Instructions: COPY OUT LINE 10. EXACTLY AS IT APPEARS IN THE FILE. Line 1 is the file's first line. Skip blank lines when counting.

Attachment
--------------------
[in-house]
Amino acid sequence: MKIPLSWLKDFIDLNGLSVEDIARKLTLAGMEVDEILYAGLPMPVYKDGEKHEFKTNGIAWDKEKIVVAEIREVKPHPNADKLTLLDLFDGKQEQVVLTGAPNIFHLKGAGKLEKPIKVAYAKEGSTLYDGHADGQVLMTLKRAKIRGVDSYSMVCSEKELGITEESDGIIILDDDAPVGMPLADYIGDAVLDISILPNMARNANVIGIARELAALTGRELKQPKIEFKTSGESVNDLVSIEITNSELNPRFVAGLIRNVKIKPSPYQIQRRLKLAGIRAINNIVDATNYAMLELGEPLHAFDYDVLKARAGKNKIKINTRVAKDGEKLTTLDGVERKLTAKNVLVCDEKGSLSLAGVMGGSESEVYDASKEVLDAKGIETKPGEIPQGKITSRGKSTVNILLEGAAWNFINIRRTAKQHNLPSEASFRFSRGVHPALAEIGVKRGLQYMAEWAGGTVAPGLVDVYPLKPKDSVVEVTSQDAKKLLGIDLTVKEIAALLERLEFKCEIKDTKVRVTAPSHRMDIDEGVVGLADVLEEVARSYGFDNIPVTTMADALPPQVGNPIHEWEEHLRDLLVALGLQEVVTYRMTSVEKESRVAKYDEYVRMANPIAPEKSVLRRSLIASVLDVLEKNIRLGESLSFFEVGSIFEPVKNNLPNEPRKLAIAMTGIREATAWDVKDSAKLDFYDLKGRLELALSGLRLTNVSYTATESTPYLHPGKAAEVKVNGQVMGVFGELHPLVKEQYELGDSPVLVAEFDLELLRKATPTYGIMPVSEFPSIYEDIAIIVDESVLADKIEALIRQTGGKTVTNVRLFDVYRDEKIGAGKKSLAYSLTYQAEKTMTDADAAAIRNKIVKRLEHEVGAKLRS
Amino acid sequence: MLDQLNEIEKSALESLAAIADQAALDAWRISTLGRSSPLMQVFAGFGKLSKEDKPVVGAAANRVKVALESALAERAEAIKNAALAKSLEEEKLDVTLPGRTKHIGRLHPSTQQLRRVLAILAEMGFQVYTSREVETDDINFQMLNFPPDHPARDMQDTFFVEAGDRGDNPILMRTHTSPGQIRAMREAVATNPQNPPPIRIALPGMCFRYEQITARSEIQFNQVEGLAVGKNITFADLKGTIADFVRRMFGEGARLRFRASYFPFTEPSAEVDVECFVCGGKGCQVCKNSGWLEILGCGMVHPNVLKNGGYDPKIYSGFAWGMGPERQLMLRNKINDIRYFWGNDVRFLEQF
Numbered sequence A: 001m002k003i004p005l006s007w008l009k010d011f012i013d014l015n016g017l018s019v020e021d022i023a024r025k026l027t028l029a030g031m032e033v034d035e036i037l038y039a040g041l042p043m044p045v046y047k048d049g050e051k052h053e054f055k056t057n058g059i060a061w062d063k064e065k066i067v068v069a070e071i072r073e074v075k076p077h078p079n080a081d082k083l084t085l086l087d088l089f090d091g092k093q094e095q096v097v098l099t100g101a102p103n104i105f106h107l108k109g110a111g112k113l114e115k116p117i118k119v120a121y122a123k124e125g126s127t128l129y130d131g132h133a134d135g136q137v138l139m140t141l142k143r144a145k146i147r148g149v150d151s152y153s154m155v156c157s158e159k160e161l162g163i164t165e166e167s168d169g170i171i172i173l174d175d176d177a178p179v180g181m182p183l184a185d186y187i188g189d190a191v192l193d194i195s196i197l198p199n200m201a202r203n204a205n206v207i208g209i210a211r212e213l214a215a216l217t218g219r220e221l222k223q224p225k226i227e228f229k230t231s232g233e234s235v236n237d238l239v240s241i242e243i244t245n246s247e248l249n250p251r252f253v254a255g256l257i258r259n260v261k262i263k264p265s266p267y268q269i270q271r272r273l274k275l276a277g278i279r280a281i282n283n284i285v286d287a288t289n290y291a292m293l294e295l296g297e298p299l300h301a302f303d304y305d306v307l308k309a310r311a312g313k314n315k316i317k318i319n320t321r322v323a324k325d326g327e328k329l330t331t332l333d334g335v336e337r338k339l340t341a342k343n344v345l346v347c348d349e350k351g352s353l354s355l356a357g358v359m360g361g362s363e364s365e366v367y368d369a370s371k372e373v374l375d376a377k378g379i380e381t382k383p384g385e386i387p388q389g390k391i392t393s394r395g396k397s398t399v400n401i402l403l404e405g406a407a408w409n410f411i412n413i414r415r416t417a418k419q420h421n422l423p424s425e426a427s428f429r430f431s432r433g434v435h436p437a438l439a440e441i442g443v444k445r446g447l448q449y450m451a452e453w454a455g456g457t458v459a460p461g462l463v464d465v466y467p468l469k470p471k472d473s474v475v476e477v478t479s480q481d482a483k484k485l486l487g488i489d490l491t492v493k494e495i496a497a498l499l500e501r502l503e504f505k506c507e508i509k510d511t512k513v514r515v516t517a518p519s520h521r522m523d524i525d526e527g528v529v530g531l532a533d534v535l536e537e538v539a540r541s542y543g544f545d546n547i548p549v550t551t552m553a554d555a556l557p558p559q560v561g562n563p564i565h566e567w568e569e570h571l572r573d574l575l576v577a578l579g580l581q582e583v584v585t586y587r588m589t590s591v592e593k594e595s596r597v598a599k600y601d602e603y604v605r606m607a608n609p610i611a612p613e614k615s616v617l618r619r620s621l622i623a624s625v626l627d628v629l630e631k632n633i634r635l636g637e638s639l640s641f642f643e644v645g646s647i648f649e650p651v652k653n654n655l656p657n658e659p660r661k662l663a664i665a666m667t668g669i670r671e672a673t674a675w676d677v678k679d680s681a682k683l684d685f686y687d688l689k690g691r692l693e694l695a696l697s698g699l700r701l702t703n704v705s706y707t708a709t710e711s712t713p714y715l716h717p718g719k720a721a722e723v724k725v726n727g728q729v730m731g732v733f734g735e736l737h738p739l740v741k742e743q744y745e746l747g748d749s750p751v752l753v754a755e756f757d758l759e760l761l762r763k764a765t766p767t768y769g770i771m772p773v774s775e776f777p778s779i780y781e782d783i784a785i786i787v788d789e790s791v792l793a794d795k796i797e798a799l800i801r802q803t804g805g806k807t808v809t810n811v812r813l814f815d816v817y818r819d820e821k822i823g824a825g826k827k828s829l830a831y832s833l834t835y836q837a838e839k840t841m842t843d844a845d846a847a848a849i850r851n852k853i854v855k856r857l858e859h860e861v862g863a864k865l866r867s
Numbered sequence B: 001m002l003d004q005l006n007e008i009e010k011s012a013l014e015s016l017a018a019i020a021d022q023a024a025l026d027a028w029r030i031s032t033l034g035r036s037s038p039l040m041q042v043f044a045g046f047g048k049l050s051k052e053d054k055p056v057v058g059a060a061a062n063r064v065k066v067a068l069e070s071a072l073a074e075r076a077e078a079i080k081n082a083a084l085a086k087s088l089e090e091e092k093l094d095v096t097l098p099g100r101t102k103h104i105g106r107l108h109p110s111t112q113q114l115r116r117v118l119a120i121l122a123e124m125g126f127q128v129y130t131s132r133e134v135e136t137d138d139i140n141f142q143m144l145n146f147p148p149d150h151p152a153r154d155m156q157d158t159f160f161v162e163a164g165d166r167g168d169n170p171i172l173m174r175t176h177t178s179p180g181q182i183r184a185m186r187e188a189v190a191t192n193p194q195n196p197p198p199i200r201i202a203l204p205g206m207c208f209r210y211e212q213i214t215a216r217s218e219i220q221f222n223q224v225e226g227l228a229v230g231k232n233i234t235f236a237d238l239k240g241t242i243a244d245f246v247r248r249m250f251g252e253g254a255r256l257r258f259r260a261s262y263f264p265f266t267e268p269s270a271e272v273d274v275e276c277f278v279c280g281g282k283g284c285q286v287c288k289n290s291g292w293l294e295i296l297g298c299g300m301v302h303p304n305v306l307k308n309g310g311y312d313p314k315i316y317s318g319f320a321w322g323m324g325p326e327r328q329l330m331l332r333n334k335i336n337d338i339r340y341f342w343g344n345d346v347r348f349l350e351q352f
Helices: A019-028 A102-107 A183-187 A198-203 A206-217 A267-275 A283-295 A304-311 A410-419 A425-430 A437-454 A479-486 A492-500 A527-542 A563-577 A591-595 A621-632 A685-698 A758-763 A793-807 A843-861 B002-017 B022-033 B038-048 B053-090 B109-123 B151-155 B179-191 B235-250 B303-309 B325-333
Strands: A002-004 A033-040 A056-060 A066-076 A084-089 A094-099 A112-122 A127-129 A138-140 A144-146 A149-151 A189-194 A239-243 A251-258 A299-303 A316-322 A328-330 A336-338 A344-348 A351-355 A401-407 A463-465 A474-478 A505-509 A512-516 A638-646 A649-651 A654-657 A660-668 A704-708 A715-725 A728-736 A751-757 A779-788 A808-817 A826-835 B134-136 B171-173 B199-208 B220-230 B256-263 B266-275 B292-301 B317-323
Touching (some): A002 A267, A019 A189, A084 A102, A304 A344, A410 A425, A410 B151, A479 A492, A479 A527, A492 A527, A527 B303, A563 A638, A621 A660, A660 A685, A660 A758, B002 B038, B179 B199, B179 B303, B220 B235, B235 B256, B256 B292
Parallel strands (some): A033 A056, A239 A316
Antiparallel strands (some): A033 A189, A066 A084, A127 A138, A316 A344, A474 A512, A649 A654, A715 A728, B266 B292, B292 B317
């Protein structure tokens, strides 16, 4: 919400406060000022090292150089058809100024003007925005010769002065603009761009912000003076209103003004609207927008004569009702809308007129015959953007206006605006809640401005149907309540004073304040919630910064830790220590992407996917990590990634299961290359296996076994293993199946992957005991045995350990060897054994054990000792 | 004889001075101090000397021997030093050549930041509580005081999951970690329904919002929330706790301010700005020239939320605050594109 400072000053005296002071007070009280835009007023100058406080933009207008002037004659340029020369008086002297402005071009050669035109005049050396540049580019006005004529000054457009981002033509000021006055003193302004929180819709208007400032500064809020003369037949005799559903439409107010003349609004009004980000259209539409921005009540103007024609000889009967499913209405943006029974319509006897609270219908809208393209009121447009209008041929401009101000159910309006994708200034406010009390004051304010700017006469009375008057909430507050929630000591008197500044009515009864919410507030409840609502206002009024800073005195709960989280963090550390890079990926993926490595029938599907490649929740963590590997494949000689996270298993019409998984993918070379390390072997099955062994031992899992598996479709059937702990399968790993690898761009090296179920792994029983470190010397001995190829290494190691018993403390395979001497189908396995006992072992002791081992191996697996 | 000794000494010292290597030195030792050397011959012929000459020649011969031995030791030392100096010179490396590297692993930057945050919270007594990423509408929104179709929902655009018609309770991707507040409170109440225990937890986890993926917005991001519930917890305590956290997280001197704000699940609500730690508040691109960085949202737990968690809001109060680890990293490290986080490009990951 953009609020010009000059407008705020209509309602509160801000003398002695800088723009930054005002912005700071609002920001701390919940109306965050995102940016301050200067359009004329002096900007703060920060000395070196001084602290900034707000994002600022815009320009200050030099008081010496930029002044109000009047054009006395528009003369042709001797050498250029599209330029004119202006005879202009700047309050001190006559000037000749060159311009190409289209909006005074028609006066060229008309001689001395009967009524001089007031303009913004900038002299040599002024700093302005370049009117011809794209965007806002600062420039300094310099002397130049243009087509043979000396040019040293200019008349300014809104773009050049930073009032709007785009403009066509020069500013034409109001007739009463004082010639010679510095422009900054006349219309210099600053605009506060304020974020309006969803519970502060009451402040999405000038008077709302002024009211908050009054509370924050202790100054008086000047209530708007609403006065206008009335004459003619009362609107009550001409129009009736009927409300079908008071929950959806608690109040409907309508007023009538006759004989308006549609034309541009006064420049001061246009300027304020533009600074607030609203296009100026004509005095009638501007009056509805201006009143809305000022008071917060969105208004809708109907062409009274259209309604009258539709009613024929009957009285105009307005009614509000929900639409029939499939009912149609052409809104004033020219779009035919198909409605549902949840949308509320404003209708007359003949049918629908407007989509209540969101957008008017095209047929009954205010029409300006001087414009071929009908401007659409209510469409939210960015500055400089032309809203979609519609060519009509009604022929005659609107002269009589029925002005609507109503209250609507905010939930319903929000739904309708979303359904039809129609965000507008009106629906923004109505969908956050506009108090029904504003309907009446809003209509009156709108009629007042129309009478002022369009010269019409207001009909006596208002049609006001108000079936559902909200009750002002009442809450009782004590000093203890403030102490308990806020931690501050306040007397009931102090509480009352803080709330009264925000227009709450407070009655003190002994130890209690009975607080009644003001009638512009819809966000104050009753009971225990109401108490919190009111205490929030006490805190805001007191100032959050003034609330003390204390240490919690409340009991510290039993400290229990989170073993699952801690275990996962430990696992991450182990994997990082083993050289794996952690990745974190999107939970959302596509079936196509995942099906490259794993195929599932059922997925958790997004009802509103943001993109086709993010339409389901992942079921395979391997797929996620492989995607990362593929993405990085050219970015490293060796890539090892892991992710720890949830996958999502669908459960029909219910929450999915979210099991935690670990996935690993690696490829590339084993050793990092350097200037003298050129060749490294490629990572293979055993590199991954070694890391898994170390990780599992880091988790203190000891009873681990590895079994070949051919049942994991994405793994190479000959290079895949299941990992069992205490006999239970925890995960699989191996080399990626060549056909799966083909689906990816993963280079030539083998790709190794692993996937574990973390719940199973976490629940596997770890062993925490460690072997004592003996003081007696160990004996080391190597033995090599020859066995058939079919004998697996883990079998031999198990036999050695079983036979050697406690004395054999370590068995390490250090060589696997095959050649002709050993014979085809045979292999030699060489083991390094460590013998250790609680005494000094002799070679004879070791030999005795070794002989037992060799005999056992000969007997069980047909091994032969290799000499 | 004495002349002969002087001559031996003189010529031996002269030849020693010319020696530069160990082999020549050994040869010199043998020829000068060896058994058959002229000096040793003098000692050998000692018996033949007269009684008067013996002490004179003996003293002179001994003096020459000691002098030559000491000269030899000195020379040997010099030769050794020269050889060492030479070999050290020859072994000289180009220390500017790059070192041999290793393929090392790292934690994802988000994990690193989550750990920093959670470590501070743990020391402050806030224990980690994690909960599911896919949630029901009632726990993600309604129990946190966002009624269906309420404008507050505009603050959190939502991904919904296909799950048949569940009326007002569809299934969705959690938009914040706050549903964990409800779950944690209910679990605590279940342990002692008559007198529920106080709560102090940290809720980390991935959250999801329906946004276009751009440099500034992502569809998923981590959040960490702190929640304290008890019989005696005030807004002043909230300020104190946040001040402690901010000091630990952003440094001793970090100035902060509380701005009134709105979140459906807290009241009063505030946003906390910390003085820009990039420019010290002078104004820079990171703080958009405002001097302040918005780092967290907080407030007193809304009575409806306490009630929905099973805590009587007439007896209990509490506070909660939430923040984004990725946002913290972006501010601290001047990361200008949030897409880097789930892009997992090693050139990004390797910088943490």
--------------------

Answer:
Antiparallel strands (some): A033 A189, A066 A084, A127 A138, A316 A344, A474 A512, A649 A654, A715 A728, B266 B292, B292 B317